# How can I drop the voltage of a 5V DC power supply from 5.5V to 5.1V?

I have some LED matrix panels (64x64) that appear to be super sensitive to voltage. Higher voltages introduce noise. I have a handful of 5 V, 10 A "brick" power supplies like this one.

The problem is that they output around 5.3 to 5.6 V which is causing problems with the LED matrix.

From various tests using a bench supply, the best voltage is 5.08 to 5.1 V. At that voltage, the LED matrix panel works perfectly. At 5.3 V the panel has ghosting and glitching effects; at 5.6 V the panel barely displays anything (it's a garbled mess).

I already have a handful of brick power supplies, and finding one to buy at an exact voltage (eg: 5.1 V) seems impossible. It really is pot luck what the supply will output.

I'm looking for a way to reduce the voltage by a small amount so that the output is, for example, 5.1 V. From research, I'm guessing a diode and resistor of some sort will probably be the best solution, or some kind of Zener shunt regulator, but my knowledge of these is limited and I'm struggling to find what I need, mainly because the various diodes are confusing me. Also, it seems that most Zener diodes have a drop of 0.6 to 0.7 V, which would be too high.

Source

Things of importance:

• Input voltage 5.3 to 5.6V
• Current draw could be as high as 10 A although that'd be very rare.

In most cases, the single 64x64 panels I have (and I'm not chaining) from their "spec" state:

• Maximum power consumption 18 W (3.6 A)
• Average power consumption 6 W (1.2 A)

UPDATE 22/07/2022: Thanks to all that answered and also the great comments. I got some 10A Schottky Diodes, ranging from 450 mV drop, to 600 mV drop. I also added a capacitor and now I'm getting a nice stable 5.15v and my panels behave perfectly when used with these random power supplies.

• Schottky diode in series? Jul 20, 2022 at 12:29
• Do you have any power transistors? Jul 20, 2022 at 12:53
• The panels are junk. The voltage issue is just the tip of the iceberg of design issues likely to dwell within. Find another panel to use ASAP. Jul 20, 2022 at 13:38
• @IAmOrion - If your panel only works within a 20mV window, then you should probably return it. I didn't like what Kuba said at first, but he makes sense. If the temperature goes up in the room, will it still work. Such a narrow window of operability means that it has a pretty terrible design flaw. You should rip it apart, replace the electronics yourself, and put that company out of business. (They deserve it!) But I guess you could try filtering noise aggressively first, and see if that works. It might drop the voltage you need as a side-effect. Jul 20, 2022 at 15:35
• @Vladimir that wouldn't surprise me! Not sure I'd know what to replace in them! Never thought about upgrading the internals. The Panels themselves are well known for being "iffy". Most are mass produced in China, and the chips used changed frequently. So frequently actually that many sellers (including some UK) will say if you're building a project and need multiple panels, you MUST buy then all at the same time as they can now and will not guarantee they'd work together if purchased at different times. Jul 21, 2022 at 10:28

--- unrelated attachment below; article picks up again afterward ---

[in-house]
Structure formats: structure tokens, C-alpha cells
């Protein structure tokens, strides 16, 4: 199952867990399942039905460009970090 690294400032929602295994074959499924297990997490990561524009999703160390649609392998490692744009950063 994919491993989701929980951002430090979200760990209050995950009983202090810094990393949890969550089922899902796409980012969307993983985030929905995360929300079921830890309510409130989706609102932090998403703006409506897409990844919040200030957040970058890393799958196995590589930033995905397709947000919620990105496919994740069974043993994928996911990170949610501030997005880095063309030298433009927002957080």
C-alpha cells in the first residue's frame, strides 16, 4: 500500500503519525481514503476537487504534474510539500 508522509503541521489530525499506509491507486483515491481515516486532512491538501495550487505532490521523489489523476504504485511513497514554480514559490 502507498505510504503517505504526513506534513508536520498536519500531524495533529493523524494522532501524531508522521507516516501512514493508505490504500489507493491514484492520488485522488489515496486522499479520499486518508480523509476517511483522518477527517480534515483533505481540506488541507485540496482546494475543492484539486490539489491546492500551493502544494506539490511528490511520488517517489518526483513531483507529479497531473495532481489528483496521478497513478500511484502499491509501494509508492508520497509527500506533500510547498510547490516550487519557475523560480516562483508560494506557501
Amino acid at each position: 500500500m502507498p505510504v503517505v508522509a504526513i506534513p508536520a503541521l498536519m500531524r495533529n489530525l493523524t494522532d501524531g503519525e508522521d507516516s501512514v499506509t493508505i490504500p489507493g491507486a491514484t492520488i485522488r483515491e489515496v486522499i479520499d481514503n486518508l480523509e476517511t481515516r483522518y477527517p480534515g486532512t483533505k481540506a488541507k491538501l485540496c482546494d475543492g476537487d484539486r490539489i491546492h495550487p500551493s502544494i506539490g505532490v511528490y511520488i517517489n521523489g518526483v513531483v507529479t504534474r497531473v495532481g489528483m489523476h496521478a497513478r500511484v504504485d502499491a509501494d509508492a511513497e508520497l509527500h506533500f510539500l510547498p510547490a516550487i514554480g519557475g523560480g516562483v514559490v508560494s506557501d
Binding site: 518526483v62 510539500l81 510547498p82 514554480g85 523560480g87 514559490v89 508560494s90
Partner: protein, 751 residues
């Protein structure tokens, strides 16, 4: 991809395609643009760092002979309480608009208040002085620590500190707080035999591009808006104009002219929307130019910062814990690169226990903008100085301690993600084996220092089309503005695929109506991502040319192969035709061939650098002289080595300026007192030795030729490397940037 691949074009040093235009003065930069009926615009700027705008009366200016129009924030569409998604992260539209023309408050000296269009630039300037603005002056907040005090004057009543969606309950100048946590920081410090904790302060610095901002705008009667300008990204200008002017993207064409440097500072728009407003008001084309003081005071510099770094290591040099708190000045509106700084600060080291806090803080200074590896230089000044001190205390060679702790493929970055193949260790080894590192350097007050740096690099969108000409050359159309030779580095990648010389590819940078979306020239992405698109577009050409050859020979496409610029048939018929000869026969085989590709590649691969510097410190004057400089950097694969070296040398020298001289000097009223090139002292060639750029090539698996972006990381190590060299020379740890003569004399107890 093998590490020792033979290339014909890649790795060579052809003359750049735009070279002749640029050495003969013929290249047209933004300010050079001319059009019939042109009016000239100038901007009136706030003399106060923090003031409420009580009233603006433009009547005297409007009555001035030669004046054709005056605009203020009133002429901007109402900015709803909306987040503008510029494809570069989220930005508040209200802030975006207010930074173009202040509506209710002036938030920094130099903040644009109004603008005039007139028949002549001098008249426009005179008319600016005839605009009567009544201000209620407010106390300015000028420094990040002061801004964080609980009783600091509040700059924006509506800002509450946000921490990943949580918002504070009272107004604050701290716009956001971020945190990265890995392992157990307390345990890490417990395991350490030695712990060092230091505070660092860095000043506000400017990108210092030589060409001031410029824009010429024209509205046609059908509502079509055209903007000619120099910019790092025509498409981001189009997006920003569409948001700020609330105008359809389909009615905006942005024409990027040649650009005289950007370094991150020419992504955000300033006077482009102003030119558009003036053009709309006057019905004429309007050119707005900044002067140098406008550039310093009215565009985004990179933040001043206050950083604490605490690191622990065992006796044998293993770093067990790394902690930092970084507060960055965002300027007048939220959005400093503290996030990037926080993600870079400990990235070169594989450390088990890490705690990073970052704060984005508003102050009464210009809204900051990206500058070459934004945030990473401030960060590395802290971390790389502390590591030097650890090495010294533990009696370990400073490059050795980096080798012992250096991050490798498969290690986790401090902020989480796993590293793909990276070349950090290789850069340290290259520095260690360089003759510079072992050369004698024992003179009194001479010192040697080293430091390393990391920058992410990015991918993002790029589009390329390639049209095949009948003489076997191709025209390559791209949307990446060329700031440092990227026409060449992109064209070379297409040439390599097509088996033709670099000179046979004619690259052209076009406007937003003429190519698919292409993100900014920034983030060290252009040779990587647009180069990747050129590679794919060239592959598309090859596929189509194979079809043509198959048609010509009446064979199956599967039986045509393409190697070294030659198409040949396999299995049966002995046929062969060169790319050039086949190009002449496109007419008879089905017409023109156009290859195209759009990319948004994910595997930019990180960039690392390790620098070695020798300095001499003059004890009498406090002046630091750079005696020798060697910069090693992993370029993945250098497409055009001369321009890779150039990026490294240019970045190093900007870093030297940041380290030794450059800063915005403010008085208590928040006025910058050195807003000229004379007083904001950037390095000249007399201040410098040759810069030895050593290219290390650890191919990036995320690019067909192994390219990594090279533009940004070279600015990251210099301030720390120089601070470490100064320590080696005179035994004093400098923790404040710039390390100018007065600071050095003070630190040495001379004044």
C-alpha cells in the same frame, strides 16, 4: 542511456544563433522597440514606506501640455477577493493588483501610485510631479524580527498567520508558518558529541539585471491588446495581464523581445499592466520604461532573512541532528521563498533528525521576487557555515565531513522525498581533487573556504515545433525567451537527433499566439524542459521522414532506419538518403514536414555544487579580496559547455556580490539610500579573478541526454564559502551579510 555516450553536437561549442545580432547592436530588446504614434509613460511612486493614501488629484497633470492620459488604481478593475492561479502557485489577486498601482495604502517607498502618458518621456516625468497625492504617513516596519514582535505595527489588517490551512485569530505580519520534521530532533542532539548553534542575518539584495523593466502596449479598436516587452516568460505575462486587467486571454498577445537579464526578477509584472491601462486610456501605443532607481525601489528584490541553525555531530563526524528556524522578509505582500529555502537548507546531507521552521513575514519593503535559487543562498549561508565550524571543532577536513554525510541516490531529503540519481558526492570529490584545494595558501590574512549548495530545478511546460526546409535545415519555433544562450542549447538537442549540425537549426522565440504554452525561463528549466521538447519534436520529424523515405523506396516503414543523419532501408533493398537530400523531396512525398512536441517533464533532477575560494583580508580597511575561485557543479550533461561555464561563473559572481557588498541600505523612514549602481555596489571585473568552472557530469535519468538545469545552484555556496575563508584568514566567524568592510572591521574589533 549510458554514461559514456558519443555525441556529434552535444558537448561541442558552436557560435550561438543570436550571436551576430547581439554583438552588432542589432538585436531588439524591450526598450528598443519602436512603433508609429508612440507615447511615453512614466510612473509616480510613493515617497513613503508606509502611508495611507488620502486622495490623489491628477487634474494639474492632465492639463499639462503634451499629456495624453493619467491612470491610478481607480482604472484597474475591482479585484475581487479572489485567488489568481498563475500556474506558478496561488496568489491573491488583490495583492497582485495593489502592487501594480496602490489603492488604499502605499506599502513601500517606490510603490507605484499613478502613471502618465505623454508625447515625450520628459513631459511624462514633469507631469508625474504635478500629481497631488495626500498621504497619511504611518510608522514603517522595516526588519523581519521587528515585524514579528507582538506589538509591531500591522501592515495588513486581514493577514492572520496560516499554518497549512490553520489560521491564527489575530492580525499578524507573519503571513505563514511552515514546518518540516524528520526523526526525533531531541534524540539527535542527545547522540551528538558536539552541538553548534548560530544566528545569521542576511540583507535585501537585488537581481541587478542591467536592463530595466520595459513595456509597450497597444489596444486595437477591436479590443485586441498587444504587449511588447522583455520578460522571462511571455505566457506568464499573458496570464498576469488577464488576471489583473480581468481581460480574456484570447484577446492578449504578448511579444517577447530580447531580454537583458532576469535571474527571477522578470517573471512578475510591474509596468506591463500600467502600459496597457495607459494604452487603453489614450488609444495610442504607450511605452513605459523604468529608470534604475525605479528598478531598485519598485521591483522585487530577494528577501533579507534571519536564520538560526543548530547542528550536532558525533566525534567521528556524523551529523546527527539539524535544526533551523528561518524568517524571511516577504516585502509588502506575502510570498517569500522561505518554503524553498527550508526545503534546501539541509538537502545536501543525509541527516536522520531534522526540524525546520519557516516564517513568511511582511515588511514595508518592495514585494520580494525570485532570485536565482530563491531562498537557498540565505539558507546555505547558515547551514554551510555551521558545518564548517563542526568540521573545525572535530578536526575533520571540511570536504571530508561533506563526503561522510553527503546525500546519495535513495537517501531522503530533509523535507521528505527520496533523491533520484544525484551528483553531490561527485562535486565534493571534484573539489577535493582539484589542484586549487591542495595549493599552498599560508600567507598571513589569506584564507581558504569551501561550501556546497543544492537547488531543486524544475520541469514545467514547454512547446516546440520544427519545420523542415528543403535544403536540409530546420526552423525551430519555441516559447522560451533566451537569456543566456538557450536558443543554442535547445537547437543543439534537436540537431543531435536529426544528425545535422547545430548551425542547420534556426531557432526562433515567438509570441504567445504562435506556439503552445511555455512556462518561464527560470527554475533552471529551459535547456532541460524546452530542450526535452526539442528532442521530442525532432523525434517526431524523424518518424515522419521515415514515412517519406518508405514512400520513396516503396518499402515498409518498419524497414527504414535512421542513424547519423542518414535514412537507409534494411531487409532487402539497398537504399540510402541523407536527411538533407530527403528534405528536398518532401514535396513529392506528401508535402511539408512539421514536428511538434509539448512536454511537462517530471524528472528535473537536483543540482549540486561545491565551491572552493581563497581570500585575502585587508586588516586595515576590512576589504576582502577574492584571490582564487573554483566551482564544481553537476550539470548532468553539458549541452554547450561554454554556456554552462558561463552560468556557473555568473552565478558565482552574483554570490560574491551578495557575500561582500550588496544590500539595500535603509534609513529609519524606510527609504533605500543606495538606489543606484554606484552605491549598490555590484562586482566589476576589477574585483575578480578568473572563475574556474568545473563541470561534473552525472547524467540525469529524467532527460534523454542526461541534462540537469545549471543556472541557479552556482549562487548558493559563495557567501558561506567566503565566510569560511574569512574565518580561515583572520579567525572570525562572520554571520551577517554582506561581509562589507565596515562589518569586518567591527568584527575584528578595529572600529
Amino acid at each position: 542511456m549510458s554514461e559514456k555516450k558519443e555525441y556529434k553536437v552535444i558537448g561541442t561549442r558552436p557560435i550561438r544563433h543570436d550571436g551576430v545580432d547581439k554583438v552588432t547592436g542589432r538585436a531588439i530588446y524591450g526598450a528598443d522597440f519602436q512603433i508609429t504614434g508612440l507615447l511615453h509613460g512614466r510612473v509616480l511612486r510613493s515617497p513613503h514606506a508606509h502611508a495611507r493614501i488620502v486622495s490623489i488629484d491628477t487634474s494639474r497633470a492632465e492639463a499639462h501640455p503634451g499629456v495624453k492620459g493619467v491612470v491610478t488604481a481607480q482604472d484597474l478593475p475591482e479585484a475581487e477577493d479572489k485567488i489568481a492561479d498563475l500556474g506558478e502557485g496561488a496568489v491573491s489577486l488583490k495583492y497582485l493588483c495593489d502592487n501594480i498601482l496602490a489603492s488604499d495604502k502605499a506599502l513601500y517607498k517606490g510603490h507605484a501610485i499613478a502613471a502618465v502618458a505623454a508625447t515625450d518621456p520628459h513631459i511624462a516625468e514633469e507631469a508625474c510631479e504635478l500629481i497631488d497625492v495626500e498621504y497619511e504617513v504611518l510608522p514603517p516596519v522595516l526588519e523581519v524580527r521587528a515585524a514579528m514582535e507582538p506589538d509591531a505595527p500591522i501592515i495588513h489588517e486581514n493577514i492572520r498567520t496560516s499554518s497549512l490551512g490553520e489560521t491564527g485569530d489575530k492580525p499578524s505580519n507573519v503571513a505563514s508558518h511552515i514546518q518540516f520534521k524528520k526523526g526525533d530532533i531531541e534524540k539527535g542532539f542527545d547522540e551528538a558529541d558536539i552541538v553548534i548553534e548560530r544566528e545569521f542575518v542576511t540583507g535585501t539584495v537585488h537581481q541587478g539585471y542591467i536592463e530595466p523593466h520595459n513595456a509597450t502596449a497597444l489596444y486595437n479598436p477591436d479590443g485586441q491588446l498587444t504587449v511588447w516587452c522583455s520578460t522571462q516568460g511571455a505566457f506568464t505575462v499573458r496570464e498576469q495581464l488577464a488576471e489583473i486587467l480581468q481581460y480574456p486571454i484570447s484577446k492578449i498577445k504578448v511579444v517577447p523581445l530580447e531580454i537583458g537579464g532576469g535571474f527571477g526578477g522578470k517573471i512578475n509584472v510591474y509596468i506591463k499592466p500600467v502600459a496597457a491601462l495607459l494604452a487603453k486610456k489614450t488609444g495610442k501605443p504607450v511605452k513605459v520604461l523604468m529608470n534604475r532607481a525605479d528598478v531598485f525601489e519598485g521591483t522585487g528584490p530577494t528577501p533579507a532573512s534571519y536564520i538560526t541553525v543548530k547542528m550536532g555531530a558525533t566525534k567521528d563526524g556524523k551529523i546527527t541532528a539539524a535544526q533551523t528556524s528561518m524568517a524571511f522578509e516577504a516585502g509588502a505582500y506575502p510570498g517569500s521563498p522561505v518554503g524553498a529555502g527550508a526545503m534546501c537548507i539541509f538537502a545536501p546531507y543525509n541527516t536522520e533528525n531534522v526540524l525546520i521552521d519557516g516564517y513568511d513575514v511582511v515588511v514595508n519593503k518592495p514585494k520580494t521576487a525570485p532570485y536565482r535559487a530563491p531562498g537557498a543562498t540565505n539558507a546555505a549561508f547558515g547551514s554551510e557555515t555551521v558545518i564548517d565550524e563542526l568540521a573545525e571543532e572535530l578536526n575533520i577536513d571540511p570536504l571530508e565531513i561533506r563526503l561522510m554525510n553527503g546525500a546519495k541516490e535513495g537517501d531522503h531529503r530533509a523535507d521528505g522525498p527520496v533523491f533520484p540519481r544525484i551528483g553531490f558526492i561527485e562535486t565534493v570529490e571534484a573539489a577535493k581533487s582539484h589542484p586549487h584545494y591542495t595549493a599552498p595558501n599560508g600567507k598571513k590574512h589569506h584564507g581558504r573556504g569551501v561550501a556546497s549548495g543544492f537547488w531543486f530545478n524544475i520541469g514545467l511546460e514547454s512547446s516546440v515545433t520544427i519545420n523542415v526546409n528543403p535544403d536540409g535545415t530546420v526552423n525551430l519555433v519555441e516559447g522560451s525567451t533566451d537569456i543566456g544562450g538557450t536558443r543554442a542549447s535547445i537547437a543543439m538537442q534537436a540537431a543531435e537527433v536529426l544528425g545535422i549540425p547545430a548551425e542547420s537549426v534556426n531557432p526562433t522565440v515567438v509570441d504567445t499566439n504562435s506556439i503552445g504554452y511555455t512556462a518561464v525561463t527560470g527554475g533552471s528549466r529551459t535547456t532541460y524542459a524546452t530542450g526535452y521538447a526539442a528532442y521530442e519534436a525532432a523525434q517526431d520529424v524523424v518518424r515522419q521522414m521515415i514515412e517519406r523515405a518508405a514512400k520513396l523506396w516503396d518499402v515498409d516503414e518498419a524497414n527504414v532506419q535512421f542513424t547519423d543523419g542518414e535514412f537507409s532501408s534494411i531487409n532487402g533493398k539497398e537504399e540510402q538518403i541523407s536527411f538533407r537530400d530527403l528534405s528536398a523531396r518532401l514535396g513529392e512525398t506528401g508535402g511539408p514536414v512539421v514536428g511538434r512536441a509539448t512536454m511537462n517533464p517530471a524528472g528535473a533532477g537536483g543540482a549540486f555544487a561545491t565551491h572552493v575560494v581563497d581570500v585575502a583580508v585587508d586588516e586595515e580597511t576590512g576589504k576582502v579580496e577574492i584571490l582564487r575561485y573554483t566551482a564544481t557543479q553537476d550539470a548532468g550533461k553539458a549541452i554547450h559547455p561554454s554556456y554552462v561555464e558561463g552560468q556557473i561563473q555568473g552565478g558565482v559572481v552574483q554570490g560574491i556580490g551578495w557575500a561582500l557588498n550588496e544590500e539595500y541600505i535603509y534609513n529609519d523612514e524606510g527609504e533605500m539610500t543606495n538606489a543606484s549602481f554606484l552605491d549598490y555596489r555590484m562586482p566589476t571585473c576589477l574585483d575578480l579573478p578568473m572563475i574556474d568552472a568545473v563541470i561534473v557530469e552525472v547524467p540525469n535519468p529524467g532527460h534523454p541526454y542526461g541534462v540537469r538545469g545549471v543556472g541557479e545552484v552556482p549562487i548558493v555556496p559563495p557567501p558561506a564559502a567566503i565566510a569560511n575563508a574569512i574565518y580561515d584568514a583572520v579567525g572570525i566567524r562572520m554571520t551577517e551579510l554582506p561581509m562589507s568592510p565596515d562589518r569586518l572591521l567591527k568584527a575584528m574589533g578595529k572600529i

There are a few options here.

1. This is probably the cheapest and simplest method. Put a Schottky diode in series with the output of one of your power supply bricks. You say the output was between 5.3 and 5.5V. A Schottky diode will drop the voltage by about 0.3~0.4V depending on the specific diode and current.

2. Find a low drop out linear regulator and attach it to the output of one of your 5.5V power bricks. Many distributors including Mouser and Digikey offer them. You need to drop like 0.3~0.4V @ 1.2A, so you need the regulator to handle 0.36W ~ 0.48W of dissipation, which is quite doable.

3. This is probably the most efficient method (but also most expensive). Find a small DC-DC converter brick that has an accurate (or trimmable) output voltage. You can find modules for a few dolars from distributors like Digikey.

• When it comes to diodes, does the forward current not matter? I see the most common rated for 1A, but I could be drawing almost 4A Jul 20, 2022 at 13:08
• @MathKeepsMeBusy - I think the suggestion #3 was to use the DC-DC converter instead of the power brick, not to drop the half a volt from the brick, but to supply the needed voltage from the start. Jul 20, 2022 at 15:30
• @MicroservicesOnDDD. Ah, that makes much more sense. Jul 20, 2022 at 16:18
• @IAmOrion Forward current does matter. There are plenty of 4A diodes. The SB540A-E3/73 is one example. digikey.com/en/products/detail/… Jul 20, 2022 at 17:18
• One problem with the diode approach is that they'll drop the voltage by a constant amount and the power bricks have varying outputs. You'll have to custom-tune and test each diode/brick pair individually. The other two approaches let you do the design work once and apply it to any brick/panel.
– bta
Jul 20, 2022 at 21:03

A big high-power Schottky diode as suggested by @user4574 is a simple approach that should be considered. In a similar approach, a saturated power-PNP transistor might work too:

simulate this circuit – Schematic created using CircuitLab

TIP42 is a bit puny for these high currents. You can possibly adjust the small saturated voltage drop across the CE junction by varying R1. To reach saturation, ratio of IC to IB should be in the 20-50 ballpark (considerably smaller than transistor HFE).
The disadvantage of this circuit is the series resistance added to wiring resistance...the voltage seen by the load will vary with current - the OP's requirement here is rather strict.

Why don't you try supplying the panels using battery power, say 9 volts of AA's, followed by an LM317T voltage regulator having a potentiometer voltage adjustment. That will remove the switching noise out of the equation, and you'll be able to see if you really have only the 20mV window, or if it's really noise that's your problem. –